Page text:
Using Thanksgiving as a gratitude practice

“Cheers to health, happiness and not hating each other!”

The question: How can my family enjoy Thanksgiving without everyone getting at each other’s throats?

Your question recalls the famous line from Leo Tolstoy’s “Anna Karenina”: “Happy families are all alike; every unhappy family is unhappy in its own way.” For family members in the latter category, and those somewhere in between, the most thankful aspect of Thanksgiving can be the moment they leave the table.

But it doesn’t have to be that way. While you can’t control your family, you can change your attitude. My suggestion: redeem the “thanks” in Thanksgiving by turning the holiday into a gratitude practice.
As touted by Oprah, a gratitude practice is akin to counting one’s blessings. While passing the turkey, observe all the things you might otherwise take for granted: an abundance of food, a heated home, a day off from work and relatives who care enough to invite you, or come, to dinner. If anything, Hurricane Sandy teaches us to appreciate loved ones and home comforts.

And here’s a trick for those particular family members who push your buttons. Consider why they get your goose, and practice being grateful for an opportunity to grow as a person. Families can be fertile ground for cultivating such virtues as compassion, tolerance and coping skills. For example:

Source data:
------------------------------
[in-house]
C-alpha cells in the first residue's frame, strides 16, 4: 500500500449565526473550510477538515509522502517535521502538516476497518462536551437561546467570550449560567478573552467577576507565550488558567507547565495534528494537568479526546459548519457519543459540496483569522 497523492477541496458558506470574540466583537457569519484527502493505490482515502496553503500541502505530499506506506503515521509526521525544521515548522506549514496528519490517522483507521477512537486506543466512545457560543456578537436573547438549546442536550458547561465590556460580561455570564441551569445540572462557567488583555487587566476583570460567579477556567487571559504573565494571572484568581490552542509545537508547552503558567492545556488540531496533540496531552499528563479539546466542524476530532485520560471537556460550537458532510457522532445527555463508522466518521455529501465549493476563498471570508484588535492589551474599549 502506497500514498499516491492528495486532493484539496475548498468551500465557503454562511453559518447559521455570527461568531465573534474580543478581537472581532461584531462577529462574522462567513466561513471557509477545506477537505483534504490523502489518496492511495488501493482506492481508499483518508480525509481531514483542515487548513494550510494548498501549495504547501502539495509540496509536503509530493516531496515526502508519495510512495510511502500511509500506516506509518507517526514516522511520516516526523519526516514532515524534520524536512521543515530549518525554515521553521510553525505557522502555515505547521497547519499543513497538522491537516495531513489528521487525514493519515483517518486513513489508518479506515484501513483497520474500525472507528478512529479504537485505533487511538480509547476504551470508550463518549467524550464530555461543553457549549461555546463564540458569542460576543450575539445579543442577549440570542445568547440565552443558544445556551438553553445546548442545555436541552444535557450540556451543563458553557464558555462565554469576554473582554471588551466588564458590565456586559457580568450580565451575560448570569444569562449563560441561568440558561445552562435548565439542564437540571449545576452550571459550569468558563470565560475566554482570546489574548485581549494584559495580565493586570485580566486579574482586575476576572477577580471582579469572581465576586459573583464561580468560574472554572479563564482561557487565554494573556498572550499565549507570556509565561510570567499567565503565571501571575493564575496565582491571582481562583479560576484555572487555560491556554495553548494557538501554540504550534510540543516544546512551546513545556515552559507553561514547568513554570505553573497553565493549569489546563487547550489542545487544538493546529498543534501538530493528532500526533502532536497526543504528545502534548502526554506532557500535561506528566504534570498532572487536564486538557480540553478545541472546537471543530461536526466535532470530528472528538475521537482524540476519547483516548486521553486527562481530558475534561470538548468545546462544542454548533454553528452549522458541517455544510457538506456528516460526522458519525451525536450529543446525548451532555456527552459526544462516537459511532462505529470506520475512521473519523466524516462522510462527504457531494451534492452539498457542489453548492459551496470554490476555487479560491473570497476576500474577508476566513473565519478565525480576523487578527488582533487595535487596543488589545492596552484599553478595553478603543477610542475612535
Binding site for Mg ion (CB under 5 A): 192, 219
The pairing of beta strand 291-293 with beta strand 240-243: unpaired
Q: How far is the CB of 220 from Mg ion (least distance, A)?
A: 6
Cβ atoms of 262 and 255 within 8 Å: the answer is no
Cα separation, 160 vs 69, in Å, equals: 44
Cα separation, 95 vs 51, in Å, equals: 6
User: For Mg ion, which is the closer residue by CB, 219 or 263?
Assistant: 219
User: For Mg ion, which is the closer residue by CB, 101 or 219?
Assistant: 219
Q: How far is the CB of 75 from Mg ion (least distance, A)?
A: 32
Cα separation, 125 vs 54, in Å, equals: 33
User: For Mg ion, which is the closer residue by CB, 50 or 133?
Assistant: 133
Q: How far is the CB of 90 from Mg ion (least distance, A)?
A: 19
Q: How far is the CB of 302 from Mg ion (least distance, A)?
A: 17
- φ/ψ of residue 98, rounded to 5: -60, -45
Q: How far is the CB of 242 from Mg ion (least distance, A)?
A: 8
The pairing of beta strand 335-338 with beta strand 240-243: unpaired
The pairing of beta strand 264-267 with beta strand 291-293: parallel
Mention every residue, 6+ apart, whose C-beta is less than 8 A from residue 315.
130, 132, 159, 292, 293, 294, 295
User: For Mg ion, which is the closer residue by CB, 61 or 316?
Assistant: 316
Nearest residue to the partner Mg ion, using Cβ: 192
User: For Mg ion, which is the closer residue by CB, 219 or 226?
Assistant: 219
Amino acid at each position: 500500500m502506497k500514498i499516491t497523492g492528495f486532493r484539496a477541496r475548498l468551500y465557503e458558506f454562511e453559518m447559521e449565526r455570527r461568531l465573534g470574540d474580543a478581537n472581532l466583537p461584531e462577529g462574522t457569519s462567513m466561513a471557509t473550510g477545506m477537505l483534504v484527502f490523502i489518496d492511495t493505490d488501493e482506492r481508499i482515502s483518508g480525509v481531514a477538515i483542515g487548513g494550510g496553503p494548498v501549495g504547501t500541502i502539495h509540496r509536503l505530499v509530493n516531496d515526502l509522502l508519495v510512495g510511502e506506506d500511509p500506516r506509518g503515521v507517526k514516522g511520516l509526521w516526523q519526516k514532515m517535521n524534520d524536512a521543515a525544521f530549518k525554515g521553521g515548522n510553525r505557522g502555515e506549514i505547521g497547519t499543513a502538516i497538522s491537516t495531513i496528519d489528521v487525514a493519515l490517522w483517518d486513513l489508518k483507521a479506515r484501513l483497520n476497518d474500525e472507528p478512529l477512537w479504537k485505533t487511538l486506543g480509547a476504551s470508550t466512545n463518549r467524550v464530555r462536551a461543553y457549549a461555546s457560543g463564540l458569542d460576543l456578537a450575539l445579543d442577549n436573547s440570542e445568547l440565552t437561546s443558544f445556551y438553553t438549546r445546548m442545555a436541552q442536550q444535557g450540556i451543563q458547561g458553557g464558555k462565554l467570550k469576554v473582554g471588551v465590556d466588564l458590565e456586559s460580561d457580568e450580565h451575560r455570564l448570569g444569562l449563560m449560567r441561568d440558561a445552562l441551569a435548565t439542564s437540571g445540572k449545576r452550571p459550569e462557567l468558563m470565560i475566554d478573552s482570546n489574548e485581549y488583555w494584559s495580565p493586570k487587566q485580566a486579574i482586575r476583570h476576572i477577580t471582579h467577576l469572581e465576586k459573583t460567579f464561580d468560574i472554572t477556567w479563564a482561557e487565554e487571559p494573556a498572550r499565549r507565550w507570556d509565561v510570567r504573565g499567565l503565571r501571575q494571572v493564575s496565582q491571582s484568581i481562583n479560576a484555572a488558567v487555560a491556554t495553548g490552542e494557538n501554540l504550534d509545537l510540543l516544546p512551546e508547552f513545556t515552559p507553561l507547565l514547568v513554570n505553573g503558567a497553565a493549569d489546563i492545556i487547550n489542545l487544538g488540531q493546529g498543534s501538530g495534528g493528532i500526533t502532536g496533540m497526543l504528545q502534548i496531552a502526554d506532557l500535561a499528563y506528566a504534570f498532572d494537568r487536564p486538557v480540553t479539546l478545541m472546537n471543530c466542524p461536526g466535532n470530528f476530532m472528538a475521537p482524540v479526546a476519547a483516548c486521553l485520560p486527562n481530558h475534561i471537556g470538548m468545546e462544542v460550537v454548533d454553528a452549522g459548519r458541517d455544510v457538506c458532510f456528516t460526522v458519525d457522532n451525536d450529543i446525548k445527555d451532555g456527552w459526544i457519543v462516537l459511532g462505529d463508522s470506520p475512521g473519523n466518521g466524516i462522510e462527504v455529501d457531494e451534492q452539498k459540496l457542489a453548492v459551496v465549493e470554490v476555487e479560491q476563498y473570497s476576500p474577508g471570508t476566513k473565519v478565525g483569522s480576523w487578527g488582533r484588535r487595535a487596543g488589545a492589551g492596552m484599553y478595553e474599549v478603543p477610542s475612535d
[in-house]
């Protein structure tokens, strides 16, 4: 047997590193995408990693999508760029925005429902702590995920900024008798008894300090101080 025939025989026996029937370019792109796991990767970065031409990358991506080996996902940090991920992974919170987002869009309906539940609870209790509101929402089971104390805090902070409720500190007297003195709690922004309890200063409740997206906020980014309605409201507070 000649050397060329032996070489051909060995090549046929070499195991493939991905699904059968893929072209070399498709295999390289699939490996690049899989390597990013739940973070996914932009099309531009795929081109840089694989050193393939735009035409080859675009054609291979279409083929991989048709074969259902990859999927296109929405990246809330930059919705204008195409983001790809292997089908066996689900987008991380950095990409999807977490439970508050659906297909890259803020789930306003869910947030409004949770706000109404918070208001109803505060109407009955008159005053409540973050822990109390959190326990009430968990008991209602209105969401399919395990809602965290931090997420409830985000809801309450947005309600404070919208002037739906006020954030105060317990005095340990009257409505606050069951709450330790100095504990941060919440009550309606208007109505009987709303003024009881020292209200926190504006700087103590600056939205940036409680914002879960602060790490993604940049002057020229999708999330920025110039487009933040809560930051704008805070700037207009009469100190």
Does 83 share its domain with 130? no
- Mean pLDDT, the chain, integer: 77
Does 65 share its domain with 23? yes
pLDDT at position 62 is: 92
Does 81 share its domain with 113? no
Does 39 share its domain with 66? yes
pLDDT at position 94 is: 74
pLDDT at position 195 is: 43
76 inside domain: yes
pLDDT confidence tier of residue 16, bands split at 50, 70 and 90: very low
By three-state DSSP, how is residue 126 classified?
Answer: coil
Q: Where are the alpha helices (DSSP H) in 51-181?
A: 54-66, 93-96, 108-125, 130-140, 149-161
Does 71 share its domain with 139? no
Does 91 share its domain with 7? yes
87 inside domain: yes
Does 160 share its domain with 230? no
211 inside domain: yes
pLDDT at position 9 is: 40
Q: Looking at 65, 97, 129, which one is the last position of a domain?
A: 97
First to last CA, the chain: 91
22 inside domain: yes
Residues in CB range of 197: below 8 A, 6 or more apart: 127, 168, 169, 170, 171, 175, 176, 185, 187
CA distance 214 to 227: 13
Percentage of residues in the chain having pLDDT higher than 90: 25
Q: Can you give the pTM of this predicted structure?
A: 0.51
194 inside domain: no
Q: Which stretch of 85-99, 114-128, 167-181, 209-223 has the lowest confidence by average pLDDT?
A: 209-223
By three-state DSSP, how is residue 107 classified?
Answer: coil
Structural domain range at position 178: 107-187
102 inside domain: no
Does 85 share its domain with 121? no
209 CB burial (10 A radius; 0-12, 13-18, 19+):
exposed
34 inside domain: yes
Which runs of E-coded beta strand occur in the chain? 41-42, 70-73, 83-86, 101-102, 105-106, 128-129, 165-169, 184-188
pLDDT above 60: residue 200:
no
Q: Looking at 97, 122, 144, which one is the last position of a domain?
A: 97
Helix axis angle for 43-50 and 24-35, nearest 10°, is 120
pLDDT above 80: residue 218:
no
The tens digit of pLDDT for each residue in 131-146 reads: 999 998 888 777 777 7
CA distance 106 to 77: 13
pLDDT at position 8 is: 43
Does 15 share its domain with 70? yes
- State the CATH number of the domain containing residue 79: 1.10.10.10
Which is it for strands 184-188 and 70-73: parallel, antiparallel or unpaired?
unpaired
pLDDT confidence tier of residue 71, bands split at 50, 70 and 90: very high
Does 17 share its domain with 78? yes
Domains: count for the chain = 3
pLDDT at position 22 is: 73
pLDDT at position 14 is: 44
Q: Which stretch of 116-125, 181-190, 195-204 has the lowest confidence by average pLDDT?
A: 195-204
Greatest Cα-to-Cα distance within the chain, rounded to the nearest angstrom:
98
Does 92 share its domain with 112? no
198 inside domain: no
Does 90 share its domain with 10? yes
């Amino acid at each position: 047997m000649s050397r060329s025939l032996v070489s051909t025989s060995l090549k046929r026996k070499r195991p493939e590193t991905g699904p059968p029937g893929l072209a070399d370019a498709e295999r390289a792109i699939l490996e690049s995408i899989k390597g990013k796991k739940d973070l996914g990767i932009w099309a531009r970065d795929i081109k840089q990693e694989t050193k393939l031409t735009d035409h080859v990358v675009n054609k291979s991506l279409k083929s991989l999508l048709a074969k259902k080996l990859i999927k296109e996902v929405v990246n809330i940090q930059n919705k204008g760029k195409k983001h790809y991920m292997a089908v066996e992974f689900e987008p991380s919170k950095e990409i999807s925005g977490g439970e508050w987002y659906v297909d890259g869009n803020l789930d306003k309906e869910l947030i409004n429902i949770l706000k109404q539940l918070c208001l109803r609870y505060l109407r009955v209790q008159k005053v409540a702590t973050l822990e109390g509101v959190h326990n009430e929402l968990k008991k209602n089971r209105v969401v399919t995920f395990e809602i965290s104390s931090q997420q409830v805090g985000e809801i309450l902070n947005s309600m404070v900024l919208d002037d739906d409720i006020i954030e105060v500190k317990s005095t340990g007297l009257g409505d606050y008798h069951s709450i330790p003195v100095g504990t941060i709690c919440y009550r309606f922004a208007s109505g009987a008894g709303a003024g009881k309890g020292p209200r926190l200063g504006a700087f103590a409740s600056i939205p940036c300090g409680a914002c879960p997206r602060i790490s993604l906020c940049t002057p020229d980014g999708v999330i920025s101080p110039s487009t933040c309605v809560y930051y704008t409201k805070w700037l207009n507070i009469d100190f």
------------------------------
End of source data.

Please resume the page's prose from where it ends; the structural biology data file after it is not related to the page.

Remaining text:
For relatives who pick on you:
Practice confidence. Considering all the reasons why you should feel good about yourself will toughen your skin to insults. When necessary, stand up for yourself in a firm manner by owning your feelings and asking for what you want. You can say, “Please don’t insult me. It hurts my feelings, and I’d really like a peaceful meal.”

For relatives who irritate you: Practice patience, tolerance and compassion. Remember, you may irritate them just as easily, so think about how you’d like to be treated. If you can be patient with family, you can be patient will almost anyone.

For relatives who boss you around: Practice standing your ground in a kind, respectful way. For example: “Dad, while I appreciate your wanting to help, there are many ways to carve a turkey and I prefer to do it my way.”

By assuming an attitude of gratitude, you improve your chances of walking out the door will both a stuffed belly and a full heart.


— Kim Schneiderman, MSW, LCSW, is a psychotherapist and former journalist with a private
practice in New York City. This column is not intended to be used as a substitute for a private consultation with a mental health professional, nor is this therapist to be held liable for any actions taken as a result of this column. If you have any concerns related to the content of this column, please make an appointment with a licensed mental health professional. E-mail Kim your questions at askkim@metro.us.


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